The exploitation of persons– for labor or sexual purposes– is the third-largest illegal “business” after drug and arms trafficking. While slavery was officially abolished in the United States 150 years ago, in 2012 the International Labor Organization conservatively estimated that some 21 million persons globally, including in the US, remain enslaved. 14.2 million people are victims of forced labor and another 4.5 million are victims of forced sexual exploitation. Other estimates put the victims of modern-day slavery much higher, however due to the clandestine nature of trafficking, it is difficult to get accurate numbers. For this reason, building public awareness of labor and sex trafficking is imperative. Due to recent media attention, new domestic and international legislation, consumer pressure and the collective initiatives of faith-based and non-governmental organizations, human trafficking and modern-day slavery are no longer considered underground crimes committed in far off lands, but understood as real threats that are “hidden in plain sight”.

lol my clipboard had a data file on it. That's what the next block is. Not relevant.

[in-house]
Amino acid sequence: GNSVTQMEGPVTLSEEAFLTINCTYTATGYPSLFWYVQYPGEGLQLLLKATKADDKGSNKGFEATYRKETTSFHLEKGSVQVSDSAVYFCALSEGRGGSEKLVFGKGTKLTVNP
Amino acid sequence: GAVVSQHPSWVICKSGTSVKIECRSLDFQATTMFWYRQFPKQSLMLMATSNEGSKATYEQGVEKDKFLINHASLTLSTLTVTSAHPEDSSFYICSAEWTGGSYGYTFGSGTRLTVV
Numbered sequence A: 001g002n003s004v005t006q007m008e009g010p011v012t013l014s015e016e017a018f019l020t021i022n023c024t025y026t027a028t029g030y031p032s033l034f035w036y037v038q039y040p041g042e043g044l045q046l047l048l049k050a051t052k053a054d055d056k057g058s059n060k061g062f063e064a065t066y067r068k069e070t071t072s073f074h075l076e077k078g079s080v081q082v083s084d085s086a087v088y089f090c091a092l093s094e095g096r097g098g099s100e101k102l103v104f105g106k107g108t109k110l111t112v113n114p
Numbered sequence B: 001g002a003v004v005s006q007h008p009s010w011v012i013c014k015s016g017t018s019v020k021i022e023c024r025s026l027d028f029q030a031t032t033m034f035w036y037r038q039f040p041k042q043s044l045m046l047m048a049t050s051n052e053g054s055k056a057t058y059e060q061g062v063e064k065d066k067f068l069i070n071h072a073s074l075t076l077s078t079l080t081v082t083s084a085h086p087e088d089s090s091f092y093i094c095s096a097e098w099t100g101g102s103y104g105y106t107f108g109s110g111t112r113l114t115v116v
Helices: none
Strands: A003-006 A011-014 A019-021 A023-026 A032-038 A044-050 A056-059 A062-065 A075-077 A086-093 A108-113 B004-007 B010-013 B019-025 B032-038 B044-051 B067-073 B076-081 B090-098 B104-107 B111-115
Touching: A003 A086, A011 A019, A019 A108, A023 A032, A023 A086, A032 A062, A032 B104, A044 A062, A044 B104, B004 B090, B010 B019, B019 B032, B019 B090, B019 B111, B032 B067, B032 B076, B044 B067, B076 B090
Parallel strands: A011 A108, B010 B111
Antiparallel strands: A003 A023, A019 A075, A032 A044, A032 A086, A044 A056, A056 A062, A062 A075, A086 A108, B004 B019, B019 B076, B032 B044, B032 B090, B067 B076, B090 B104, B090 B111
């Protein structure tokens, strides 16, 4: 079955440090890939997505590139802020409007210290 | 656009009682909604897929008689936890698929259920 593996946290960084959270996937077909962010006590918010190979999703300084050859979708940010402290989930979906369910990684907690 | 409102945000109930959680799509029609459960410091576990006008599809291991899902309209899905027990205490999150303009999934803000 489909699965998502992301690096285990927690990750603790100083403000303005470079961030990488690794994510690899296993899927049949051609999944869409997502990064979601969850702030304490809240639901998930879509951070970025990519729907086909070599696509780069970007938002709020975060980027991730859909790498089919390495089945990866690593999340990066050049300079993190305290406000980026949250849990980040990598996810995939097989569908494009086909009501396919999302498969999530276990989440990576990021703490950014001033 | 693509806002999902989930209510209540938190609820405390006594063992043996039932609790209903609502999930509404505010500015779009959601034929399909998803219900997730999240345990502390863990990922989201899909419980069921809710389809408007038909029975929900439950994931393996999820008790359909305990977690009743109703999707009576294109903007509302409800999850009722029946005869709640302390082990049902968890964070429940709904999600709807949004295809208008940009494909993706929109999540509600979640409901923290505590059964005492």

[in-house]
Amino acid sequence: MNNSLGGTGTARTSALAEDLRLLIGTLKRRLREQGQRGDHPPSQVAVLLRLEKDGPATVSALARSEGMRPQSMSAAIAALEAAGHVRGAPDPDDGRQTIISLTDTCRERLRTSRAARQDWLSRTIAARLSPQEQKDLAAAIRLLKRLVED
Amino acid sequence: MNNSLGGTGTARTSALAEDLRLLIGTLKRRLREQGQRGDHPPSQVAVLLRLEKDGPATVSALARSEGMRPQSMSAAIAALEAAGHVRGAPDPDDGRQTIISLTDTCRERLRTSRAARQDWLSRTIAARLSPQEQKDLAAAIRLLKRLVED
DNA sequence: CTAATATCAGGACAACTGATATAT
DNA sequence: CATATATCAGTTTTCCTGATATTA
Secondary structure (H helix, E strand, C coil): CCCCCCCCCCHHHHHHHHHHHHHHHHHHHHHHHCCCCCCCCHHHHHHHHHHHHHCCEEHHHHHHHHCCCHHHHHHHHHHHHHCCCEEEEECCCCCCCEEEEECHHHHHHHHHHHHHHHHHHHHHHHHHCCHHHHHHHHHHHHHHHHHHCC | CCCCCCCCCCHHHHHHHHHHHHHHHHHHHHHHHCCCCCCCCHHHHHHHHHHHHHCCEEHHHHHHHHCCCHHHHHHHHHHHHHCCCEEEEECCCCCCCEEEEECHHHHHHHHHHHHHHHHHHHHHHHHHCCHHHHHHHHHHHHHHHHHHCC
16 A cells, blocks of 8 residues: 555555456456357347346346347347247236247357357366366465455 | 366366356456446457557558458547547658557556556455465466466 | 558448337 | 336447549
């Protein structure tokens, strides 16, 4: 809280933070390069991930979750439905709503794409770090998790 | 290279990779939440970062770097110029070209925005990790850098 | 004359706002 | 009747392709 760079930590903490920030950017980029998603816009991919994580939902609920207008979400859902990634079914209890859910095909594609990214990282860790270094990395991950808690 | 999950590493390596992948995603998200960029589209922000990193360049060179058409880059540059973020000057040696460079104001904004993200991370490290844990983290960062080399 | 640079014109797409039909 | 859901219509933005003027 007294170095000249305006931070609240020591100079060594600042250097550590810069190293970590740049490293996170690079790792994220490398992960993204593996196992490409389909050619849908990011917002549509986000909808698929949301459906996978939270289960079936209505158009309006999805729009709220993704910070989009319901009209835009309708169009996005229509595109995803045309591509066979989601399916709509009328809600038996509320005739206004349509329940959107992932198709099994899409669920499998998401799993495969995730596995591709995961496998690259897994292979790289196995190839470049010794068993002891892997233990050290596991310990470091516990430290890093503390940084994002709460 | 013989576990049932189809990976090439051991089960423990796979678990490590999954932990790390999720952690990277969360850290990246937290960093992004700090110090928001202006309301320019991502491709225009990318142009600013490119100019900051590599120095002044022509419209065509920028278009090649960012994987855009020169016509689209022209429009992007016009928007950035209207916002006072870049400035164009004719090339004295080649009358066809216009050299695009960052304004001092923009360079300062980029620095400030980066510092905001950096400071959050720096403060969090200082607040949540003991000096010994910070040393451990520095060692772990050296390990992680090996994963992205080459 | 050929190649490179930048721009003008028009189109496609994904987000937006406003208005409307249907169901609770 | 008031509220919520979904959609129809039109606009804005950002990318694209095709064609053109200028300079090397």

This report by the Interfaith Center on Corporate Responsibility offers recommendations for companies to fight human trafficking.